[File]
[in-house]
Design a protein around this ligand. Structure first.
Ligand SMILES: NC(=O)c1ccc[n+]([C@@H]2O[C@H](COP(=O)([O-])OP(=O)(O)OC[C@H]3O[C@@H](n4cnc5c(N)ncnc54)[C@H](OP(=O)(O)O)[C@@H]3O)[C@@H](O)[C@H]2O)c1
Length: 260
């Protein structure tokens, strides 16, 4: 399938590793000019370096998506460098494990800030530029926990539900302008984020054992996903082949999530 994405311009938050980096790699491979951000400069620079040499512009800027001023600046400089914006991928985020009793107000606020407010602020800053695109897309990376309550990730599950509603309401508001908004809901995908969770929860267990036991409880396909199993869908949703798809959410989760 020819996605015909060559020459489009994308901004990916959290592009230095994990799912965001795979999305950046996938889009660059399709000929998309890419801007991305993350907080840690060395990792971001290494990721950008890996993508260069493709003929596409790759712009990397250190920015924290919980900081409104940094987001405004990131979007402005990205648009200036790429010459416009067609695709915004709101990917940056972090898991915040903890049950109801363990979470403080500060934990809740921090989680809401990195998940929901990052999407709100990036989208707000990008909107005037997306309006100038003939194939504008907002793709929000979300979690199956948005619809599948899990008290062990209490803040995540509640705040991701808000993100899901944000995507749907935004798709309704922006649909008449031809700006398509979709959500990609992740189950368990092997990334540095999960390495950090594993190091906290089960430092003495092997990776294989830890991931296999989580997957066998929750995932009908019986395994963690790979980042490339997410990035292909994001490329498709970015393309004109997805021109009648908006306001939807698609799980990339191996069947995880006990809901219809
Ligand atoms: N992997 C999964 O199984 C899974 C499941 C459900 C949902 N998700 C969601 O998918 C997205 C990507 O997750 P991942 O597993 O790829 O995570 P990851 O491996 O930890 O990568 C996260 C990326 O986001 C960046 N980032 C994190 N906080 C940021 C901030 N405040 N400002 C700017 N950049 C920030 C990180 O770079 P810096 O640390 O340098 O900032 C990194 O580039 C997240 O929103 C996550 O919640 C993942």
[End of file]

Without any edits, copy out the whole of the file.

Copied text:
[in-house]
Design a protein around this ligand. Structure first.
Ligand SMILES: NC(=O)c1ccc[n+]([C@@H]2O[C@H](COP(=O)([O-])OP(=O)(O)OC[C@H]3O[C@@H](n4cnc5c(N)ncnc54)[C@H](OP(=O)(O)O)[C@@H]3O)[C@@H](O)[C@H]2O)c1
Length: 260
């Protein structure tokens, strides 16, 4: 399938590793000019370096998506460098494990800030530029926990539900302008984020054992996903082949999530 994405311009938050980096790699491979951000400069620079040499512009800027001023600046400089914006991928985020009793107000606020407010602020800053695109897309990376309550990730599950509603309401508001908004809901995908969770929860267990036991409880396909199993869908949703798809959410989760 020819996605015909060559020459489009994308901004990916959290592009230095994990799912965001795979999305950046996938889009660059399709000929998309890419801007991305993350907080840690060395990792971001290494990721950008890996993508260069493709003929596409790759712009990397250190920015924290919980900081409104940094987001405004990131979007402005990205648009200036790429010459416009067609695709915004709101990917940056972090898991915040903890049950109801363990979470403080500060934990809740921090989680809401990195998940929901990052999407709100990036989208707000990008909107005037997306309006100038003939194939504008907002793709929000979300979690199956948005619809599948899990008290062990209490803040995540509640705040991701808000993100899901944000995507749907935004798709309704922006649909008449031809700006398509979709959500990609992740189950368990092997990334540095999960390495950090594993190091906290089960430092003495092997990776294989830890991931296999989580997957066998929750995932009908019986395994963690790979980042490339997410990035292909994001490329498709970015393309004109997805021109009648908006306001939807698609799980990339191996069947995880006990809901219809
Ligand atoms: N992997 C999964 O199984 C899974 C499941 C459900 C949902 N998700 C969601 O998918 C997205 C990507 O997750 P991942 O597993 O790829 O995570 P990851 O491996 O930890 O990568 C996260 C990326 O986001 C960046 N980032 C994190 N906080 C940021 C901030 N405040 N400002 C700017 N950049 C920030 C990180 O770079 P810096 O640390 O340098 O900032 C990194 O580039 C997240 O929103 C996550 O919640 C993942």